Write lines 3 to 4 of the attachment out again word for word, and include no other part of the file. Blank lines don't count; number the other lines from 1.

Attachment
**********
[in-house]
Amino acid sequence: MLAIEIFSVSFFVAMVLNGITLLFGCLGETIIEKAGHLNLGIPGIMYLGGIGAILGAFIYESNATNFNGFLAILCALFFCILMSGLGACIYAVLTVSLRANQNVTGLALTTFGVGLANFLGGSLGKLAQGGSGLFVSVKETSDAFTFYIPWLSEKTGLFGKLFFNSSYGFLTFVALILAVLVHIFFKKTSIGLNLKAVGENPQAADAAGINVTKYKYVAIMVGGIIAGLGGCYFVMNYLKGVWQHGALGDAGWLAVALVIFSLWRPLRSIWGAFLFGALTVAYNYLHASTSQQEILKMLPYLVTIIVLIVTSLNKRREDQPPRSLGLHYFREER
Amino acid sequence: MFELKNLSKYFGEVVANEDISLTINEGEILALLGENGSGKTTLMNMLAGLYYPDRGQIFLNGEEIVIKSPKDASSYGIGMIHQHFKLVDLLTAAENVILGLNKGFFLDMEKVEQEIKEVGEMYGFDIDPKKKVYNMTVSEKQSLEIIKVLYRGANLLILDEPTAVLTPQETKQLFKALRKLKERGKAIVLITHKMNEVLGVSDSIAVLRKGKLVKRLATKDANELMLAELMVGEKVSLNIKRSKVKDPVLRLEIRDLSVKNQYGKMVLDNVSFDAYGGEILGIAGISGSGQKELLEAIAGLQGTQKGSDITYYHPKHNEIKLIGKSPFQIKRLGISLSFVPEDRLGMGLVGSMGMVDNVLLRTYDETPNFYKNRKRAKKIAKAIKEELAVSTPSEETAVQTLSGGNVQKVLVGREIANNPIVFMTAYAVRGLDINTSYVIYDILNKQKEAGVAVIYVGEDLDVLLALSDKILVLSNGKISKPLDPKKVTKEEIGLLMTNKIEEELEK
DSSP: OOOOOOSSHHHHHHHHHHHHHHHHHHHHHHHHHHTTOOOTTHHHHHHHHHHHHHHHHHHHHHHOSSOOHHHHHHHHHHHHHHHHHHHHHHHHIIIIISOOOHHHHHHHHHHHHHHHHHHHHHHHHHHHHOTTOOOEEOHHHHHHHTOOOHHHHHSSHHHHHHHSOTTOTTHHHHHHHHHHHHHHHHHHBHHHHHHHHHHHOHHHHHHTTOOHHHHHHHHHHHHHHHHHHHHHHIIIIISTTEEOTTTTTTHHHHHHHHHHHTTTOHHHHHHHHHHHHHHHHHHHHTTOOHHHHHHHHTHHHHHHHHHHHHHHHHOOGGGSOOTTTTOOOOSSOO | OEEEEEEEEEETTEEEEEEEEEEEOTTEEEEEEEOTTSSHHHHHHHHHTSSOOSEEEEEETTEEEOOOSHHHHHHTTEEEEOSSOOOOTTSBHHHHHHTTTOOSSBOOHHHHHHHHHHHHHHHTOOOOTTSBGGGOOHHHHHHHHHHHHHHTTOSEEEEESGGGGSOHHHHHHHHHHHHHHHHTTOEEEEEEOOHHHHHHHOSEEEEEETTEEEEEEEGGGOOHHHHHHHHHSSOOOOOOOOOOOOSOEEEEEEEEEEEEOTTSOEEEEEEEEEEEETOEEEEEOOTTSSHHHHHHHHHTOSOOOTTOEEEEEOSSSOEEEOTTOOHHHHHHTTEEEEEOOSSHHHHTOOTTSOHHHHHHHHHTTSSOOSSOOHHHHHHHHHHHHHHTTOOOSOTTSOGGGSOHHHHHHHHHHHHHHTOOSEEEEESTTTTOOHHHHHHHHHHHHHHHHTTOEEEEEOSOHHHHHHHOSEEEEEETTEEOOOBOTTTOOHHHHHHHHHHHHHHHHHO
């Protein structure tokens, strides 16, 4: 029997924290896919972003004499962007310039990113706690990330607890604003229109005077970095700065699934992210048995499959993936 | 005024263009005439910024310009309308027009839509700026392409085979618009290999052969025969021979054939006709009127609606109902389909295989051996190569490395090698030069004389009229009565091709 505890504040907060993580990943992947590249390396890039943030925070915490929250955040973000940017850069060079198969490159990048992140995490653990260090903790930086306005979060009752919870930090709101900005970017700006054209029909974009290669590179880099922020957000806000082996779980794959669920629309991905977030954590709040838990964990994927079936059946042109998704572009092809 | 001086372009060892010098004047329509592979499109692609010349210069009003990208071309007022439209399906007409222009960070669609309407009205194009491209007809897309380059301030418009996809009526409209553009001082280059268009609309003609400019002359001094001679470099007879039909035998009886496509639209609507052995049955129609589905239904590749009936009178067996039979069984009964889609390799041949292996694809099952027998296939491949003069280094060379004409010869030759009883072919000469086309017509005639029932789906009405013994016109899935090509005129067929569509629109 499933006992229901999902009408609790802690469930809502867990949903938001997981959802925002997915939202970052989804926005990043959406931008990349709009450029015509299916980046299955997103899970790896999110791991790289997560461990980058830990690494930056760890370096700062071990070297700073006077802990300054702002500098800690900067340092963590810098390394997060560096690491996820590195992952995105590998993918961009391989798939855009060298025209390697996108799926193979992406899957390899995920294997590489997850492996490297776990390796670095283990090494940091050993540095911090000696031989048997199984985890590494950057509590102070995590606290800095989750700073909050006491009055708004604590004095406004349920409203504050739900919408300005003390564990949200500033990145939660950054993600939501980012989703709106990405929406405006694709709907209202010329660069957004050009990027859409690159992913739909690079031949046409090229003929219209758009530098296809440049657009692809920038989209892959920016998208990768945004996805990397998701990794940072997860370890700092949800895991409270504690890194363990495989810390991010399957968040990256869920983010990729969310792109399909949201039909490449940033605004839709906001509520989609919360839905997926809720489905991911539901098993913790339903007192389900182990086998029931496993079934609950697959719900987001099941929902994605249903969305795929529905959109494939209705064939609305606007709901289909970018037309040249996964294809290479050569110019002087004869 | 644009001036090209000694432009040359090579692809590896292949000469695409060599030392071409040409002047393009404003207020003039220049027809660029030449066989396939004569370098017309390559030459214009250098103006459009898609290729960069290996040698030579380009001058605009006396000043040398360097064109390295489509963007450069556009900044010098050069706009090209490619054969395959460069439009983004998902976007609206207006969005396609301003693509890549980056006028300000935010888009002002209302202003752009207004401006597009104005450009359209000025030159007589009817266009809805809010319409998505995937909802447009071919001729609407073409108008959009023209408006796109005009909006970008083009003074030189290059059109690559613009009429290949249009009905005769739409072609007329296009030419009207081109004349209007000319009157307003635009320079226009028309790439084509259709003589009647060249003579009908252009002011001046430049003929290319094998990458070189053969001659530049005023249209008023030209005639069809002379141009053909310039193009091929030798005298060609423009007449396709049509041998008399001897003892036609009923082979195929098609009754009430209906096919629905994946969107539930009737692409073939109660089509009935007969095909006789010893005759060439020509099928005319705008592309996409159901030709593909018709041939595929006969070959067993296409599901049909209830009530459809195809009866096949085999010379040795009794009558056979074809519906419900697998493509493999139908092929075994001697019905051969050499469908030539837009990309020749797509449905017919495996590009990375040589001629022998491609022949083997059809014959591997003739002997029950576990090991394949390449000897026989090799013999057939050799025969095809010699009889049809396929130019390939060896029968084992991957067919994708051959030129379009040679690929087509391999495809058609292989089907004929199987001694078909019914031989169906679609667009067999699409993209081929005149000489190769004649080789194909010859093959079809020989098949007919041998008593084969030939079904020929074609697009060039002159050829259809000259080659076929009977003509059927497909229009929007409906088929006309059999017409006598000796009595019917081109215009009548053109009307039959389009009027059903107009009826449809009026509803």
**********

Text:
Amino acid sequence: MFELKNLSKYFGEVVANEDISLTINEGEILALLGENGSGKTTLMNMLAGLYYPDRGQIFLNGEEIVIKSPKDASSYGIGMIHQHFKLVDLLTAAENVILGLNKGFFLDMEKVEQEIKEVGEMYGFDIDPKKKVYNMTVSEKQSLEIIKVLYRGANLLILDEPTAVLTPQETKQLFKALRKLKERGKAIVLITHKMNEVLGVSDSIAVLRKGKLVKRLATKDANELMLAELMVGEKVSLNIKRSKVKDPVLRLEIRDLSVKNQYGKMVLDNVSFDAYGGEILGIAGISGSGQKELLEAIAGLQGTQKGSDITYYHPKHNEIKLIGKSPFQIKRLGISLSFVPEDRLGMGLVGSMGMVDNVLLRTYDETPNFYKNRKRAKKIAKAIKEELAVSTPSEETAVQTLSGGNVQKVLVGREIANNPIVFMTAYAVRGLDINTSYVIYDILNKQKEAGVAVIYVGEDLDVLLALSDKILVLSNGKISKPLDPKKVTKEEIGLLMTNKIEEELEK
DSSP: OOOOOOSSHHHHHHHHHHHHHHHHHHHHHHHHHHTTOOOTTHHHHHHHHHHHHHHHHHHHHHHOSSOOHHHHHHHHHHHHHHHHHHHHHHHHIIIIISOOOHHHHHHHHHHHHHHHHHHHHHHHHHHHHOTTOOOEEOHHHHHHHTOOOHHHHHSSHHHHHHHSOTTOTTHHHHHHHHHHHHHHHHHHBHHHHHHHHHHHOHHHHHHTTOOHHHHHHHHHHHHHHHHHHHHHHIIIIISTTEEOTTTTTTHHHHHHHHHHHTTTOHHHHHHHHHHHHHHHHHHHHTTOOHHHHHHHHTHHHHHHHHHHHHHHHHOOGGGSOOTTTTOOOOSSOO | OEEEEEEEEEETTEEEEEEEEEEEOTTEEEEEEEOTTSSHHHHHHHHHTSSOOSEEEEEETTEEEOOOSHHHHHHTTEEEEOSSOOOOTTSBHHHHHHTTTOOSSBOOHHHHHHHHHHHHHHHTOOOOTTSBGGGOOHHHHHHHHHHHHHHTTOSEEEEESGGGGSOHHHHHHHHHHHHHHHHTTOEEEEEEOOHHHHHHHOSEEEEEETTEEEEEEEGGGOOHHHHHHHHHSSOOOOOOOOOOOOSOEEEEEEEEEEEEOTTSOEEEEEEEEEEEETOEEEEEOOTTSSHHHHHHHHHTOSOOOTTOEEEEEOSSSOEEEOTTOOHHHHHHTTEEEEEOOSSHHHHTOOTTSOHHHHHHHHHTTSSOOSSOOHHHHHHHHHHHHHHTTOOOSOTTSOGGGSOHHHHHHHHHHHHHHTOOSEEEEESTTTTOOHHHHHHHHHHHHHHHHTTOEEEEEOSOHHHHHHHOSEEEEEETTEEOOOBOTTTOOHHHHHHHHHHHHHHHHHO